To be sure, Taiwan was finally allowed to participate in a WHO coronavirus forum—albeit in an online capacity—in February 2020. It remains unclear whether this will have any impact on EU governments’ support for Taiwan’s participation in WHO.
Is it time for the EU to make a stronger push for Taiwan’s participation in the WHO?
European nations have evidently taken note of Taiwan’s successes in curbing the cases of the coronavirus outbreak in Taiwan. This should be reflected in the EU’s actions. For its own sake, European nations (or EU as a whole) should aim to reach a consultation and cooperation agreement with Taiwan, perhaps similar to the one declared on March 18 in the U.S.-Taiwan Joint Statement by the American Institute in Taiwan (AIT)—the U.S. de facto embassy in Taiwan.
The EU has just launched a dialogue with Taiwan’s Academia Sinica to explore possible avenues for cooperation, including the development of a rapid diagnostic test and a vaccine. This is certainly a step in the right direction. But considering the current state of the pandemic, this dialogue is long overdue and—considering the possibility of a second wave and the probability of another pandemic in the future—a necessity.
A key takeaway from this global emergency is that early warning and preparedness matters—and ultimately saves lives. When signs of an epidemic began appearing within China, Taiwan was quick to pick up on those cues and implemented health screening of visitors from Wuhan and then closed its borders to the rest of China early on. It even warned the WHO when it first learned of COVID-19 human-to-human transmissions, but to no avail. Taiwan of course does not have the luxury of waiting for the international health body’s instructions to shape its response—and this perhaps helped in a paradoxical way to encourage the government’s proactive approach.
The international community must ensure that no nation, especially one with the potential of becoming a key partner in curbing future epidemics is secluded from the global health community.
As European countries and the United States scramble to implement effective protective measures and mitigate the impact of the pandemic, they should also begin exploring options that ensure that Taiwan plays a role in the next global health emergency response—whether it is as part of the WHO or another framework. Taiwan has repeatedly shown that it is willing to share its best practices (take, for example, the Global Cooperation and Training Framework framework)—all the international community needs to do is allow its international participation.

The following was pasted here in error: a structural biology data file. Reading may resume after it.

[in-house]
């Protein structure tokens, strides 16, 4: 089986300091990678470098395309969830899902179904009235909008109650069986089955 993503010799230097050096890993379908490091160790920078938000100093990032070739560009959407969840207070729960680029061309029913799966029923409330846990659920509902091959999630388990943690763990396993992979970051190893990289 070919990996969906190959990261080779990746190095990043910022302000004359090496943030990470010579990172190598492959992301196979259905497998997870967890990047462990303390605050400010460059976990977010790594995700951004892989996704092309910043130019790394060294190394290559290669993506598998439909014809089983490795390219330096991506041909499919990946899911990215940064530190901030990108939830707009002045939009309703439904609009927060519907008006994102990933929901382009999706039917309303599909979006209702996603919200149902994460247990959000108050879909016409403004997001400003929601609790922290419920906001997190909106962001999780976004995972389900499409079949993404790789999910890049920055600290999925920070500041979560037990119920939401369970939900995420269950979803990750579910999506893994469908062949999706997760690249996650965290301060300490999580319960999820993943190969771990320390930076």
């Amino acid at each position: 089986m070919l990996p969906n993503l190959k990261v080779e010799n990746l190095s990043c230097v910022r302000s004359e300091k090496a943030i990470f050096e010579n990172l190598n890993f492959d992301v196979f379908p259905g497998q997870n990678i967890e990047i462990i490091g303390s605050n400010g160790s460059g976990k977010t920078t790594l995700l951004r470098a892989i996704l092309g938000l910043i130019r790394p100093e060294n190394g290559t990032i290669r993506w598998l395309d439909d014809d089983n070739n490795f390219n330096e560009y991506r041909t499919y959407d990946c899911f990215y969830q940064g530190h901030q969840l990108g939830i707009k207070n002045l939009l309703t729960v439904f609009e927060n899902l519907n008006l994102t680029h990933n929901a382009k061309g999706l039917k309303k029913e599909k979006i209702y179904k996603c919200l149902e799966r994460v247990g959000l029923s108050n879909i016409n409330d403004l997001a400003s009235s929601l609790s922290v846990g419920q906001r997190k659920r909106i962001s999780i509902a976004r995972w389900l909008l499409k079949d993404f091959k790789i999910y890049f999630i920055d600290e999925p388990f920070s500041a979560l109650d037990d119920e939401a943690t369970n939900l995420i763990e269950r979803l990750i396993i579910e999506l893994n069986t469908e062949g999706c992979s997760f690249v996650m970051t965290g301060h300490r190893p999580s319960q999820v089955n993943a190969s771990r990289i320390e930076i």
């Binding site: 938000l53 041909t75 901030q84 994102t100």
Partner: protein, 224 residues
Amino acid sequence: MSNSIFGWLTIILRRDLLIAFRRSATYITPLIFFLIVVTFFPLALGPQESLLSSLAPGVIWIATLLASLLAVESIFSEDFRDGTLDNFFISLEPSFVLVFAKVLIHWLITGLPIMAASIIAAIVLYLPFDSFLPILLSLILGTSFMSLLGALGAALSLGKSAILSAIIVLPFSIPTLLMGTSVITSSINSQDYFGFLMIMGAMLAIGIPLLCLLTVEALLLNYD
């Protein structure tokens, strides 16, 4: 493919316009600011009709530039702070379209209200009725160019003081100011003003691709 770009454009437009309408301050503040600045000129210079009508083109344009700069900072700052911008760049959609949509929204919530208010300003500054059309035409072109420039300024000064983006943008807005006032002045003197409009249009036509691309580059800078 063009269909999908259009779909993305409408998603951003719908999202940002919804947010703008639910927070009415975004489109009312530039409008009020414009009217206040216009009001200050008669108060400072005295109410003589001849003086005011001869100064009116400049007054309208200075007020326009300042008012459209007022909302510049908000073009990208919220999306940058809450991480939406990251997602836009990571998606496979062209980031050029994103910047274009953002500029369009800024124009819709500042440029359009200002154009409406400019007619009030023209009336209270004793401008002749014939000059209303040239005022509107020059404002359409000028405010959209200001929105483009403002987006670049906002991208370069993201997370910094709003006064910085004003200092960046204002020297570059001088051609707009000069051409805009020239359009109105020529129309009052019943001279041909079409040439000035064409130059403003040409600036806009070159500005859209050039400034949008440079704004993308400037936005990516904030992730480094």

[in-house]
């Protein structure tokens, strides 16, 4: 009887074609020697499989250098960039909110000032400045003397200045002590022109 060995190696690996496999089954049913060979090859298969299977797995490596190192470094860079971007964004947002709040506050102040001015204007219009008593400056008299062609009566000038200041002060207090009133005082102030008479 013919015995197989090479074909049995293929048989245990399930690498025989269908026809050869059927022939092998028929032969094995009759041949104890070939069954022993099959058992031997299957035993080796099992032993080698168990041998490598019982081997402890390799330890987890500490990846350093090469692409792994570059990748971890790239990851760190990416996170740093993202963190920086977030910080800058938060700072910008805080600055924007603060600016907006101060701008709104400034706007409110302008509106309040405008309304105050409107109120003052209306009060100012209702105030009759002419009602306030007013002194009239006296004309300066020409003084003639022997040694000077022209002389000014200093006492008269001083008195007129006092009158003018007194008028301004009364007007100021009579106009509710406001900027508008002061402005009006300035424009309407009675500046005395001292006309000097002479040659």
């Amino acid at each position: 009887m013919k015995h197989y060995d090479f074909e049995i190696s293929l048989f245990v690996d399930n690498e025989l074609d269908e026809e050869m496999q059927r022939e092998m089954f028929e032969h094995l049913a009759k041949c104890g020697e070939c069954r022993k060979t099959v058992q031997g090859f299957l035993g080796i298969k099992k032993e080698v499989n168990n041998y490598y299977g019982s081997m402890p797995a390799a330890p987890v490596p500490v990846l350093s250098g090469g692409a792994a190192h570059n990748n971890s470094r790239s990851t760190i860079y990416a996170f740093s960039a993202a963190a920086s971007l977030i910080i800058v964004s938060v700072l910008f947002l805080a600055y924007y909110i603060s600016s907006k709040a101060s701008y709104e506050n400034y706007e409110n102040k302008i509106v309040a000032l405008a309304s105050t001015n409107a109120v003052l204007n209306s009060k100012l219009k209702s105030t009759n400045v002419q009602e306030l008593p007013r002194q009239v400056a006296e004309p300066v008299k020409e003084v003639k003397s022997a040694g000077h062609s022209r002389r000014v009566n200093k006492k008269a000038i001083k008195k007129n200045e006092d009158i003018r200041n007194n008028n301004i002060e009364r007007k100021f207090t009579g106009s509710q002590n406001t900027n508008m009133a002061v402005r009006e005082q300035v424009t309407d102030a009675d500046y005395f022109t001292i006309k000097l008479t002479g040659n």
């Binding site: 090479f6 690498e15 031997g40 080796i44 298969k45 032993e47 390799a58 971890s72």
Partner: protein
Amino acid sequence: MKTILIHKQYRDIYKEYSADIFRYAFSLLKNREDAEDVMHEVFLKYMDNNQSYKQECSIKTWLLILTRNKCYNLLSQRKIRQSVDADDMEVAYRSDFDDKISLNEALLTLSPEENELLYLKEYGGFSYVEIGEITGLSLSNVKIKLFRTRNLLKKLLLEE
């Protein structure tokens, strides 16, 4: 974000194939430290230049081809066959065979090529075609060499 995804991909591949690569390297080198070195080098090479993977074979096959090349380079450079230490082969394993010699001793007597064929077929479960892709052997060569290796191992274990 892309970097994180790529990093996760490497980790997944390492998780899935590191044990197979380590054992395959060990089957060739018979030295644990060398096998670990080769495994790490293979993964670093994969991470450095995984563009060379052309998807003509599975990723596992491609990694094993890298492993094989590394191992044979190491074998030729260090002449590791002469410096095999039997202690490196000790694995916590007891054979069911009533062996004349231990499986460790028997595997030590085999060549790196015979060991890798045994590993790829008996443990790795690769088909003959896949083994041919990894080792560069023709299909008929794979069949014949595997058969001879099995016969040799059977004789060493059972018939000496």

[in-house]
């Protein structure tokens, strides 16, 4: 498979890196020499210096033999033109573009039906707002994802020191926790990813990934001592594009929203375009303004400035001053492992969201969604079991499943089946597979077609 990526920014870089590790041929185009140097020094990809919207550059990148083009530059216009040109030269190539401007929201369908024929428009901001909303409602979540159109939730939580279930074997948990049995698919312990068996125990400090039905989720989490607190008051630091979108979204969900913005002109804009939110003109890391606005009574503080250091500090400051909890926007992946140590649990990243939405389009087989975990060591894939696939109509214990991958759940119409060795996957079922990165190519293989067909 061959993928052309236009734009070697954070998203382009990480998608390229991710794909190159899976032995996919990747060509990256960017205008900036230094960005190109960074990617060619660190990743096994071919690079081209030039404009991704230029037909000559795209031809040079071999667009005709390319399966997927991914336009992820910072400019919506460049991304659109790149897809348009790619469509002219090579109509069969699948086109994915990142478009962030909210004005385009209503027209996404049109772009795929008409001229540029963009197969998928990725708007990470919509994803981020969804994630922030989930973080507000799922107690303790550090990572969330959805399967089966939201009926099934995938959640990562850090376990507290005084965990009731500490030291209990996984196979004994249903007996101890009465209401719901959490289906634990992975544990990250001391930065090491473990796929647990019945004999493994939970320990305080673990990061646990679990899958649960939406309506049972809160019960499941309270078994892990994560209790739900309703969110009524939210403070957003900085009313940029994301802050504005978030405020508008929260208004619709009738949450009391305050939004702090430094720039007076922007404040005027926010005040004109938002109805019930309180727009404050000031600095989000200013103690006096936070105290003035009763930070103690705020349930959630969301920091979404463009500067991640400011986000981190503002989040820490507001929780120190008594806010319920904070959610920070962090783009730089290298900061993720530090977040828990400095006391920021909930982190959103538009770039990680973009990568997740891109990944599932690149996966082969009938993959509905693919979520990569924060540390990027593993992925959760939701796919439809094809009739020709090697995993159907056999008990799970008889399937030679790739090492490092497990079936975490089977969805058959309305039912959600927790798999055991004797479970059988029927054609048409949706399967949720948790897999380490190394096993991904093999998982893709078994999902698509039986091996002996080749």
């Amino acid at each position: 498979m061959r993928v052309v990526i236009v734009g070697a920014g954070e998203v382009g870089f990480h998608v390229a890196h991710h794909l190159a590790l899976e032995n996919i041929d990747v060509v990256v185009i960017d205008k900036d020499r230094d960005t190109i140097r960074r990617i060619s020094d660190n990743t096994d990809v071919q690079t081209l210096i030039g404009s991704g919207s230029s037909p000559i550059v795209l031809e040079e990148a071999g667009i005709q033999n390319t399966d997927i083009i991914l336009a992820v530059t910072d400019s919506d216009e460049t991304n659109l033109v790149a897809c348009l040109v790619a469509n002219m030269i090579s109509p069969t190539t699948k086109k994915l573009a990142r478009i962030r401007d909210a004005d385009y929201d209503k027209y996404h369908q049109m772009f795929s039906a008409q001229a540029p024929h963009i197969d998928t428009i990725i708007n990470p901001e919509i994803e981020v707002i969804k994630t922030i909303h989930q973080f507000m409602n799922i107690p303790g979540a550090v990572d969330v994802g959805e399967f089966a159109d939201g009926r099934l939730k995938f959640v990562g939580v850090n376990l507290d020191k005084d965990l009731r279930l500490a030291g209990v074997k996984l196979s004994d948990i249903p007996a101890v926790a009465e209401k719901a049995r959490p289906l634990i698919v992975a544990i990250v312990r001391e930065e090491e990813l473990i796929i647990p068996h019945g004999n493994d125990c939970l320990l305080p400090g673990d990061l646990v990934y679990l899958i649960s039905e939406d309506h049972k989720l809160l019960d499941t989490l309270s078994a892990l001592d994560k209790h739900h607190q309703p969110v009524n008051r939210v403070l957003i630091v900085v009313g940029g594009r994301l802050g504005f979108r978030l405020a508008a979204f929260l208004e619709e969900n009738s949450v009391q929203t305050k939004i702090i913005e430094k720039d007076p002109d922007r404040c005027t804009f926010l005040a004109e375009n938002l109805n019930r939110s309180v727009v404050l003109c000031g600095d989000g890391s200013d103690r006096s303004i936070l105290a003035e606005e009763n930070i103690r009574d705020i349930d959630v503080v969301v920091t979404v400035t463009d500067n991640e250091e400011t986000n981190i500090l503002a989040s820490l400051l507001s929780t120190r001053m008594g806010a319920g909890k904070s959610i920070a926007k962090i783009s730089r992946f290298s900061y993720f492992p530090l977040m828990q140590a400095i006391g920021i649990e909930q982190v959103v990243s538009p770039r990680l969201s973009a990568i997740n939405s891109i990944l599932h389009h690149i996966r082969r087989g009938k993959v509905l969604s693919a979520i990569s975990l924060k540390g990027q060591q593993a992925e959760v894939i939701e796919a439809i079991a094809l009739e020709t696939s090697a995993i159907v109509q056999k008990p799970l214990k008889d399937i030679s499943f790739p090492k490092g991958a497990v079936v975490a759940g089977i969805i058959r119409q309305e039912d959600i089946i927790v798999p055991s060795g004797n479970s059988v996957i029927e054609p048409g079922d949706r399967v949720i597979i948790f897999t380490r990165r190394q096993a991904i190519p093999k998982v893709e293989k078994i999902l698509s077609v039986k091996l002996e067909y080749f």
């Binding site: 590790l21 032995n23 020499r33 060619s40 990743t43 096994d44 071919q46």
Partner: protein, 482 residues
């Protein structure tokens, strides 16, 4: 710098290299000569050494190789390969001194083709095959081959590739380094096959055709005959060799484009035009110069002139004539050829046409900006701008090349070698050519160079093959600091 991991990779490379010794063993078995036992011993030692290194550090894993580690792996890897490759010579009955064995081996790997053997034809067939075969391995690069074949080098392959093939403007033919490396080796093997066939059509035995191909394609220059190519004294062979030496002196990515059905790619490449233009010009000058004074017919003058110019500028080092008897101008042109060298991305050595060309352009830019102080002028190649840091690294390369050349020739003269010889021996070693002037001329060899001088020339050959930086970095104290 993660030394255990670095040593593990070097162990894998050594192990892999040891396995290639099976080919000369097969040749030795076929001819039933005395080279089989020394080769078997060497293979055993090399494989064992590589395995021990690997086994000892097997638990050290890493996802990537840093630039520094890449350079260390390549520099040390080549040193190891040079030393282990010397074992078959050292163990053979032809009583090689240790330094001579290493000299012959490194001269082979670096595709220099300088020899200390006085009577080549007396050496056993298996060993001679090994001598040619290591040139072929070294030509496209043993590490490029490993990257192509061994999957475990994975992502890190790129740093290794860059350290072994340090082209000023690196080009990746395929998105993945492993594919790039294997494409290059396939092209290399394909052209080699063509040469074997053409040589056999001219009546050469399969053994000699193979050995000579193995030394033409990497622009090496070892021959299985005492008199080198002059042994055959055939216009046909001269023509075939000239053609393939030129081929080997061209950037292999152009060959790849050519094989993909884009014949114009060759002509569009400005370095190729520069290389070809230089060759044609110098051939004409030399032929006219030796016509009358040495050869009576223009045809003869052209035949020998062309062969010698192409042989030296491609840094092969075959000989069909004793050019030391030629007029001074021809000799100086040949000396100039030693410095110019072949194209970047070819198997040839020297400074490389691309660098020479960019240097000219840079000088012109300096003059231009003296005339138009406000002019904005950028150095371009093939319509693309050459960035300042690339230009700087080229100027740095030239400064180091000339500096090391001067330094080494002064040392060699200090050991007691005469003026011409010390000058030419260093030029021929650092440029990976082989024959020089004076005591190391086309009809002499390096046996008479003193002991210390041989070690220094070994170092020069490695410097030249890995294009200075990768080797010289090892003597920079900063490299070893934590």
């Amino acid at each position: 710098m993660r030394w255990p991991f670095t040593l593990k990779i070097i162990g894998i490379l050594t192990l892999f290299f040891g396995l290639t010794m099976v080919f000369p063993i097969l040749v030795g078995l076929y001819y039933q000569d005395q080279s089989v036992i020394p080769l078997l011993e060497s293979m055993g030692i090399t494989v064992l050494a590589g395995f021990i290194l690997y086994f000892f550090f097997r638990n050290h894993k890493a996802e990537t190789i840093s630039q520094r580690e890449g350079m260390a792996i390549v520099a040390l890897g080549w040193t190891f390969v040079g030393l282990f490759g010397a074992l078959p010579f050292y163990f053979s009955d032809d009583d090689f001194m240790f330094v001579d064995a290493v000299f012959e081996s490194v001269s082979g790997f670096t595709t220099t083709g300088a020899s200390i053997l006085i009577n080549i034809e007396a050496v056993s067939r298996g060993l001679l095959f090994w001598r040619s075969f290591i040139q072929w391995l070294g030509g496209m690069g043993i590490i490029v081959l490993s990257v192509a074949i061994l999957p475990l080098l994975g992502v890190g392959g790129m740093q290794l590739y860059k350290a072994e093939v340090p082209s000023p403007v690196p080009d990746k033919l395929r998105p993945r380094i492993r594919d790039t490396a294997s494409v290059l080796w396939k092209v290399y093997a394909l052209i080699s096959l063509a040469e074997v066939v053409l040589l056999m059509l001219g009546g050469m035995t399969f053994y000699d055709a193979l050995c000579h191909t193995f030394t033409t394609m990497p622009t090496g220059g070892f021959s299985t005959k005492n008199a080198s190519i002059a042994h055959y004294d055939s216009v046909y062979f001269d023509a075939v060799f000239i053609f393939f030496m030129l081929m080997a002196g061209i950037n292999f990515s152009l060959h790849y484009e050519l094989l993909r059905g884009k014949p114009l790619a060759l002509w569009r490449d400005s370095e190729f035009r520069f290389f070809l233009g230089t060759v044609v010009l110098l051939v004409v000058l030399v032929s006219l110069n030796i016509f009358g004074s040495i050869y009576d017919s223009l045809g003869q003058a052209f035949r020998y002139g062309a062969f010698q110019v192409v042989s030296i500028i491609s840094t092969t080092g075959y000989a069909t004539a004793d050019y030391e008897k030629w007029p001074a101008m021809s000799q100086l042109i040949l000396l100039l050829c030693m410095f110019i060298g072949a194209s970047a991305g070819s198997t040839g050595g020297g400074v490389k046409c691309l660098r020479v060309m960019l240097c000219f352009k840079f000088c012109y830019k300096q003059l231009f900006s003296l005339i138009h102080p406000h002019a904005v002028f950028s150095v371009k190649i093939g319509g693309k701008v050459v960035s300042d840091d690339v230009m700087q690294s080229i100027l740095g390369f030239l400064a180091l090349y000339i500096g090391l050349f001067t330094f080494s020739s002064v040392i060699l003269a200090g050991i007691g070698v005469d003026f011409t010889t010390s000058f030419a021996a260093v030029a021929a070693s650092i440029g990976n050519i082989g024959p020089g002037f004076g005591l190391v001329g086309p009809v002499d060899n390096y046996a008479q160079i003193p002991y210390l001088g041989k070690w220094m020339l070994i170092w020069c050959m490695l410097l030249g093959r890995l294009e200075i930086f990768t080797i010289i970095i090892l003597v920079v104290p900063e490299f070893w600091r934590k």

As the international community thinks about how to counter future pandemics more effectively, there are important lessons we can all learn from Taiwan’s response to COVID-19 for a country and population of its size. Taiwan’s experience with previous pandemics, such as SARS and avian flus, is worthy of emulation. It informed a rapid whole-of-government response that included a domestic public education campaign with daily press conferences to ensure a well-informed public. This is essential for priming the society and forming the backbone of a vigilant public response. In the era of viral pandemics, a well-informed public is all the more critical to mitigate the effects of a pandemic.
There appears to be greater public awareness about Taiwan’s exclusion from the WHO as a result of the COVID-19 pandemic. Whether that greater public awareness will translate to an increased number of governments supporting Taiwan’s inclusion into the WHO remains to be seen. At the very least, it should raise Taiwan’s international standing in the eyes of the public. It’s worth pointing out as well that Taiwan’s response to COVID-19 has earned high-marks and recognition from the international community—especially the United States. Finally, Washington and Taipei have recently announced a partnership to share best practices and cooperate to combat COVID-19. This is a model that other countries could and should adopt with respect to Taiwan.
Katherine Schultz is the research associate and Russell Hsiao is the executive director at the Global Taiwan Institute (www.globaltaiwan.org) in Washington, DC. Image: Reuters